Volume. Texture. Color. They’re all alluring qualities in a jewel, but balancing the three presents a challenge — one that the master jewelers at Cartier Paris in the 1950s met with aplomb. And this toi et moi ring is a phenomenal example of their virtuosity.
Adding to its appeal is the fact that the toi et moi ring, a style that has gone in and out of fashion since the 18th century, happens to be a red-hot trend right now.
“Toi et moi is a symbol of love and friendship,” says Edoardo Grande, owner of Treasure Fine Jewelry, in Miami. “Classically, the rings had two precious gems of different colors, but in this case, the style is reinterpreted with two corals of slightly different sizes.”
Grande sees the jewel as “a work of modern sculpture that can even be appreciated resting on a table,” as well as a rare relic from a unique epoch in the brand’s history.
“After World War II, Europe was devastated, in its infrastructure and economically” he explains. “Cartier, as well as other jewelry houses, gave themselves to the task of offering products where the artistry of the piece replaced the luxury of the gems, since the money didn’t flow as before.”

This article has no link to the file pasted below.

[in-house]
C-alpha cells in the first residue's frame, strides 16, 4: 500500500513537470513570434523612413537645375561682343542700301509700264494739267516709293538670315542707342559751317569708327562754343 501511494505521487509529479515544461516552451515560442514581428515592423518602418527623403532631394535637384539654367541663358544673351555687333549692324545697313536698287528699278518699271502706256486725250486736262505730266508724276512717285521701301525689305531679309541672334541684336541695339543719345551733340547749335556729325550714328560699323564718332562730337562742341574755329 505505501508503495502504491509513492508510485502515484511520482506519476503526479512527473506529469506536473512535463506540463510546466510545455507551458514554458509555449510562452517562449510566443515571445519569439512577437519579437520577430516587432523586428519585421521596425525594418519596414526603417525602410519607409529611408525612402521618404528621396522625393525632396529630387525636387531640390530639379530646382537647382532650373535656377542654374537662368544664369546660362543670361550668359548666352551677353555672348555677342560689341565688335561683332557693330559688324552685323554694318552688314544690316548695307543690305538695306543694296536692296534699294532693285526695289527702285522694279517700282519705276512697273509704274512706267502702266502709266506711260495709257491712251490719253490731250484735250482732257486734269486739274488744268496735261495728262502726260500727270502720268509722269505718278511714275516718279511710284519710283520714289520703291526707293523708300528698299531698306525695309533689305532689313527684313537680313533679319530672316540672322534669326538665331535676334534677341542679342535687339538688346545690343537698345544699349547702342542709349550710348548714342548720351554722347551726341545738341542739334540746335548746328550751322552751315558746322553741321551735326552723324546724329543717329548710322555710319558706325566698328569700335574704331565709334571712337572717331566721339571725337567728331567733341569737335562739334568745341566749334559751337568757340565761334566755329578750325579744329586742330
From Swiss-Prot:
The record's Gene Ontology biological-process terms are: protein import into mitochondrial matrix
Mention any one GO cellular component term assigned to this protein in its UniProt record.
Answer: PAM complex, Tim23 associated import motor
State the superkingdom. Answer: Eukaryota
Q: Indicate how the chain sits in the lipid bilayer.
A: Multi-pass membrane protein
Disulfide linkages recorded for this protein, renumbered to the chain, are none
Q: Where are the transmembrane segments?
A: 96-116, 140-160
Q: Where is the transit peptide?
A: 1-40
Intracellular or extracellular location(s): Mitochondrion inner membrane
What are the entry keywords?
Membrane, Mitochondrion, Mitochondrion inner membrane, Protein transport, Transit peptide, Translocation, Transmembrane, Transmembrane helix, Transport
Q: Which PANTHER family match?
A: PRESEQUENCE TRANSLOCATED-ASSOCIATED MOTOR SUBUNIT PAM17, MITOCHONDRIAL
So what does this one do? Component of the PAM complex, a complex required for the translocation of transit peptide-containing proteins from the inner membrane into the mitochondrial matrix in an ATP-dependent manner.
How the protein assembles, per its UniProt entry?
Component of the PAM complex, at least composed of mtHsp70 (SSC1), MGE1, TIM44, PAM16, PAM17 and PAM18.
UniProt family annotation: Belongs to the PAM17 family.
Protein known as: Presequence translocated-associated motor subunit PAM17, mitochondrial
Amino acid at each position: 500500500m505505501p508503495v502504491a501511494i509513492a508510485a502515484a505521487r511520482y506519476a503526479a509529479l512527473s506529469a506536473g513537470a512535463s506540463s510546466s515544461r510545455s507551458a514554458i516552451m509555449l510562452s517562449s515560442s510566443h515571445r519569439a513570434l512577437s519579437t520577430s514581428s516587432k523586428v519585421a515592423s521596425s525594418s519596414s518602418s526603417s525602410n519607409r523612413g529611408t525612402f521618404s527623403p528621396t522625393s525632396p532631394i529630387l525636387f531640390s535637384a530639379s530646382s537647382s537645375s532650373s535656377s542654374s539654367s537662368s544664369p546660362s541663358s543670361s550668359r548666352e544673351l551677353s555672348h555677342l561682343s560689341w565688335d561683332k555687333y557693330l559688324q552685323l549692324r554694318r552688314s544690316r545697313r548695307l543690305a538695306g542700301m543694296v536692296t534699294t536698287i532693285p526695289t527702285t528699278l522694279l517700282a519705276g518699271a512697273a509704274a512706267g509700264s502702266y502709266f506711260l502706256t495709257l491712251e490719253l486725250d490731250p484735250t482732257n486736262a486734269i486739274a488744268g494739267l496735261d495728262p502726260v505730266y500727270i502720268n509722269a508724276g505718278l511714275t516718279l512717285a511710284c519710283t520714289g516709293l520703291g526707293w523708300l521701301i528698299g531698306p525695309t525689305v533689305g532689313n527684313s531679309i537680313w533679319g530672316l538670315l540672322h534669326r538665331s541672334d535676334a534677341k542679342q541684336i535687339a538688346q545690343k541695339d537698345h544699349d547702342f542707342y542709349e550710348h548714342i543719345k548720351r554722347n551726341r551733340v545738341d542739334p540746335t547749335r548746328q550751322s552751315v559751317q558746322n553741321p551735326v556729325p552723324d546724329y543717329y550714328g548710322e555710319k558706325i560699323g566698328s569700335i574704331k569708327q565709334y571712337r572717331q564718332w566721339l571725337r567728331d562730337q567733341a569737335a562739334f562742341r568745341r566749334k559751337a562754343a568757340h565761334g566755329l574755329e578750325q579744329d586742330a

As striking as the design is, with its robust craftsmanship and two vibrant Sardinian coral cabochons, Grande says it’s not a bespoke design. Rather, it had a very limited production, with possibly only six pieces ever made.
The “producer” in question — identified as Perry et Fils — adds to the jewel’s novelty. “This jewelry atelier was responsible for many important commissions by the major Parisian jewelry houses, such as Cartier, Boucheron and Van Cleef & Arpels,” says Grande, noting further that “the signature and the hallmarks themselves are a work of art. When a piece like this is completely signed with the maison’s name, the individual serial numbers, the maker’s maître cartouche and the French assay hallmarks, we can call it ‘completely perfect.’ ” Now, to find the perfect silk caftan and wedge heels to wear with it.